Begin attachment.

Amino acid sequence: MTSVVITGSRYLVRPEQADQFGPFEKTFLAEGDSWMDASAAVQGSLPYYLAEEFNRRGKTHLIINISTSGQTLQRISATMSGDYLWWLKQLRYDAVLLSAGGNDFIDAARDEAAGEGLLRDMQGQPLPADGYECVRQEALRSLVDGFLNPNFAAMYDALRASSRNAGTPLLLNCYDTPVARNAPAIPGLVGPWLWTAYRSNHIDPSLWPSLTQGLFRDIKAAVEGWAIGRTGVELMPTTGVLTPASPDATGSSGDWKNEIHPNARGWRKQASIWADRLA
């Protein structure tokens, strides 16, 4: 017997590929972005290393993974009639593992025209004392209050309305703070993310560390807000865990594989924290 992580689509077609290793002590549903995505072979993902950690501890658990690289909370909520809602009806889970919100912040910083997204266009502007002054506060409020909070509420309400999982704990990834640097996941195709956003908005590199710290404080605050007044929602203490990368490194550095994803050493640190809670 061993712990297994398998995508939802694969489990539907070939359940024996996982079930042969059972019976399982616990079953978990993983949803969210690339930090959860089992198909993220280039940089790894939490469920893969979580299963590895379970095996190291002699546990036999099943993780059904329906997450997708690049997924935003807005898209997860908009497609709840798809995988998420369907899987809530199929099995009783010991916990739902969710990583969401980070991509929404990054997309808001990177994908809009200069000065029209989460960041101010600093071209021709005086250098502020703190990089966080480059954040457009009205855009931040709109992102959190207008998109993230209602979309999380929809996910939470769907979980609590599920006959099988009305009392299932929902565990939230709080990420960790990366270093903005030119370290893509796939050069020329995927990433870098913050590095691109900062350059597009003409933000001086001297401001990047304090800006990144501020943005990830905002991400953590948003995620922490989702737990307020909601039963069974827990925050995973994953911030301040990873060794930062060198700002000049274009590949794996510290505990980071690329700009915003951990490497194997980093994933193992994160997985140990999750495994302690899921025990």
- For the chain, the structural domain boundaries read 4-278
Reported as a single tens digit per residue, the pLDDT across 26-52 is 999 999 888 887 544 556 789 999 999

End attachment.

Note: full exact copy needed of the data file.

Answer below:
Amino acid sequence: MTSVVITGSRYLVRPEQADQFGPFEKTFLAEGDSWMDASAAVQGSLPYYLAEEFNRRGKTHLIINISTSGQTLQRISATMSGDYLWWLKQLRYDAVLLSAGGNDFIDAARDEAAGEGLLRDMQGQPLPADGYECVRQEALRSLVDGFLNPNFAAMYDALRASSRNAGTPLLLNCYDTPVARNAPAIPGLVGPWLWTAYRSNHIDPSLWPSLTQGLFRDIKAAVEGWAIGRTGVELMPTTGVLTPASPDATGSSGDWKNEIHPNARGWRKQASIWADRLA
């Protein structure tokens, strides 16, 4: 017997590929972005290393993974009639593992025209004392209050309305703070993310560390807000865990594989924290 992580689509077609290793002590549903995505072979993902950690501890658990690289909370909520809602009806889970919100912040910083997204266009502007002054506060409020909070509420309400999982704990990834640097996941195709956003908005590199710290404080605050007044929602203490990368490194550095994803050493640190809670 061993712990297994398998995508939802694969489990539907070939359940024996996982079930042969059972019976399982616990079953978990993983949803969210690339930090959860089992198909993220280039940089790894939490469920893969979580299963590895379970095996190291002699546990036999099943993780059904329906997450997708690049997924935003807005898209997860908009497609709840798809995988998420369907899987809530199929099995009783010991916990739902969710990583969401980070991509929404990054997309808001990177994908809009200069000065029209989460960041101010600093071209021709005086250098502020703190990089966080480059954040457009009205855009931040709109992102959190207008998109993230209602979309999380929809996910939470769907979980609590599920006959099988009305009392299932929902565990939230709080990420960790990366270093903005030119370290893509796939050069020329995927990433870098913050590095691109900062350059597009003409933000001086001297401001990047304090800006990144501020943005990830905002991400953590948003995620922490989702737990307020909601039963069974827990925050995973994953911030301040990873060794930062060198700002000049274009590949794996510290505990980071690329700009915003951990490497194997980093994933193992994160997985140990999750495994302690899921025990």
- For the chain, the structural domain boundaries read 4-278
Reported as a single tens digit per residue, the pLDDT across 26-52 is 999 999 888 887 544 556 789 999 999